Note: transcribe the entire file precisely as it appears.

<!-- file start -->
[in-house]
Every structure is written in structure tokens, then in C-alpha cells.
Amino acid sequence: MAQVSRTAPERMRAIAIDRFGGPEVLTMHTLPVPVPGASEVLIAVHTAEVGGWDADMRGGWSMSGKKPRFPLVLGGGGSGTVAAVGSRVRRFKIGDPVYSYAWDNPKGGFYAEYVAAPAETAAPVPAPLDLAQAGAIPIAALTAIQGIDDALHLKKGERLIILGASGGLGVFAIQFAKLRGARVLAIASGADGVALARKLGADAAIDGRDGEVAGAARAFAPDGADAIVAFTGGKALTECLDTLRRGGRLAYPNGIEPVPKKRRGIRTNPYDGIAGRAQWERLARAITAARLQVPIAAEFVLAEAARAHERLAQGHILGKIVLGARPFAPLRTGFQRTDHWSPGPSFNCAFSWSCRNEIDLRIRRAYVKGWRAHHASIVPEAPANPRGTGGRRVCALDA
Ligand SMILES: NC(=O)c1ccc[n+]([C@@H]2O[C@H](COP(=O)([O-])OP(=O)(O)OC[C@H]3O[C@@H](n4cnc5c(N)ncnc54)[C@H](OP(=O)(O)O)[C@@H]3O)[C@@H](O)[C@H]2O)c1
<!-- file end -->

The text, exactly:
[in-house]
Every structure is written in structure tokens, then in C-alpha cells.
Amino acid sequence: MAQVSRTAPERMRAIAIDRFGGPEVLTMHTLPVPVPGASEVLIAVHTAEVGGWDADMRGGWSMSGKKPRFPLVLGGGGSGTVAAVGSRVRRFKIGDPVYSYAWDNPKGGFYAEYVAAPAETAAPVPAPLDLAQAGAIPIAALTAIQGIDDALHLKKGERLIILGASGGLGVFAIQFAKLRGARVLAIASGADGVALARKLGADAAIDGRDGEVAGAARAFAPDGADAIVAFTGGKALTECLDTLRRGGRLAYPNGIEPVPKKRRGIRTNPYDGIAGRAQWERLARAITAARLQVPIAAEFVLAEAARAHERLAQGHILGKIVLGARPFAPLRTGFQRTDHWSPGPSFNCAFSWSCRNEIDLRIRRAYVKGWRAHHASIVPEAPANPRGTGGRRVCALDA
Ligand SMILES: NC(=O)c1ccc[n+]([C@@H]2O[C@H](COP(=O)([O-])OP(=O)(O)OC[C@H]3O[C@@H](n4cnc5c(N)ncnc54)[C@H](OP(=O)(O)O)[C@@H]3O)[C@@H](O)[C@H]2O)c1